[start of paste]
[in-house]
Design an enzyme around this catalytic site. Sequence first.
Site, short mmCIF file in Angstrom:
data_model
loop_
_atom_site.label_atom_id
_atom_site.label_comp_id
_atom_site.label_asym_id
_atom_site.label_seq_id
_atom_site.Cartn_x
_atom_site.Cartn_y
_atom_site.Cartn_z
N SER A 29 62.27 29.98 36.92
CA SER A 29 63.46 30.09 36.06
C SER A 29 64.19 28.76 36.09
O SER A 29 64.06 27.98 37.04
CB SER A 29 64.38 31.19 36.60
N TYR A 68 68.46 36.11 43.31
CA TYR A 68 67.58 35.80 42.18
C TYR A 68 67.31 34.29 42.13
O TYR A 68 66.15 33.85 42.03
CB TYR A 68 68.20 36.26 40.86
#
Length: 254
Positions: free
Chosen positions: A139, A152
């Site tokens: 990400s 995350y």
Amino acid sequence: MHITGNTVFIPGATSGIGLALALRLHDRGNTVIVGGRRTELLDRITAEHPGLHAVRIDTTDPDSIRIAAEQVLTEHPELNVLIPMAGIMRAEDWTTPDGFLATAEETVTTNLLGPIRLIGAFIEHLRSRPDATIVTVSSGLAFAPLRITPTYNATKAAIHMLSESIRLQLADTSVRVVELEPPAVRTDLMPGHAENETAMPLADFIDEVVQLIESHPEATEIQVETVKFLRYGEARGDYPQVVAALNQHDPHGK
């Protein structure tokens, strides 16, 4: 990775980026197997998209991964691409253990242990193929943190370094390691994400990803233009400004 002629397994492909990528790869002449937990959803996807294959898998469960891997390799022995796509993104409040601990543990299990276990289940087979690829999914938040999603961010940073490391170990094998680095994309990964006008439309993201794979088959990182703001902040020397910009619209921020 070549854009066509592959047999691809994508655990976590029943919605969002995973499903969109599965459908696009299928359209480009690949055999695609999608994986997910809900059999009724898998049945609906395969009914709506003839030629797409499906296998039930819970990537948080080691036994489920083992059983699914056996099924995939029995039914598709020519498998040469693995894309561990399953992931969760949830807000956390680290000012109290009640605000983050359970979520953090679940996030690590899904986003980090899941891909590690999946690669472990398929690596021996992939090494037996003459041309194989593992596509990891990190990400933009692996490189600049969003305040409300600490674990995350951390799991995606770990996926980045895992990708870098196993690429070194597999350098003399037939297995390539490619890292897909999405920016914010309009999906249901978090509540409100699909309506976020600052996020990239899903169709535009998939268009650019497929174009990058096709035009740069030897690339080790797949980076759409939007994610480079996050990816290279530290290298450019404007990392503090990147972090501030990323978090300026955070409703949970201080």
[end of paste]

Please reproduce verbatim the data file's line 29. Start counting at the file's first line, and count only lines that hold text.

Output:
């Protein structure tokens, strides 16, 4: 990775980026197997998209991964691409253990242990193929943190370094390691994400990803233009400004 002629397994492909990528790869002449937990959803996807294959898998469960891997390799022995796509993104409040601990543990299990276990289940087979690829999914938040999603961010940073490391170990094998680095994309990964006008439309993201794979088959990182703001902040020397910009619209921020 070549854009066509592959047999691809994508655990976590029943919605969002995973499903969109599965459908696009299928359209480009690949055999695609999608994986997910809900059999009724898998049945609906395969009914709506003839030629797409499906296998039930819970990537948080080691036994489920083992059983699914056996099924995939029995039914598709020519498998040469693995894309561990399953992931969760949830807000956390680290000012109290009640605000983050359970979520953090679940996030690590899904986003980090899941891909590690999946690669472990398929690596021996992939090494037996003459041309194989593992596509990891990190990400933009692996490189600049969003305040409300600490674990995350951390799991995606770990996926980045895992990708870098196993690429070194597999350098003399037939297995390539490619890292897909999405920016914010309009999906249901978090509540409100699909309506976020600052996020990239899903169709535009998939268009650019497929174009990058096709035009740069030897690339080790797949980076759409939007994610480079996050990816290279530290290298450019404007990392503090990147972090501030990323978090300026955070409703949970201080």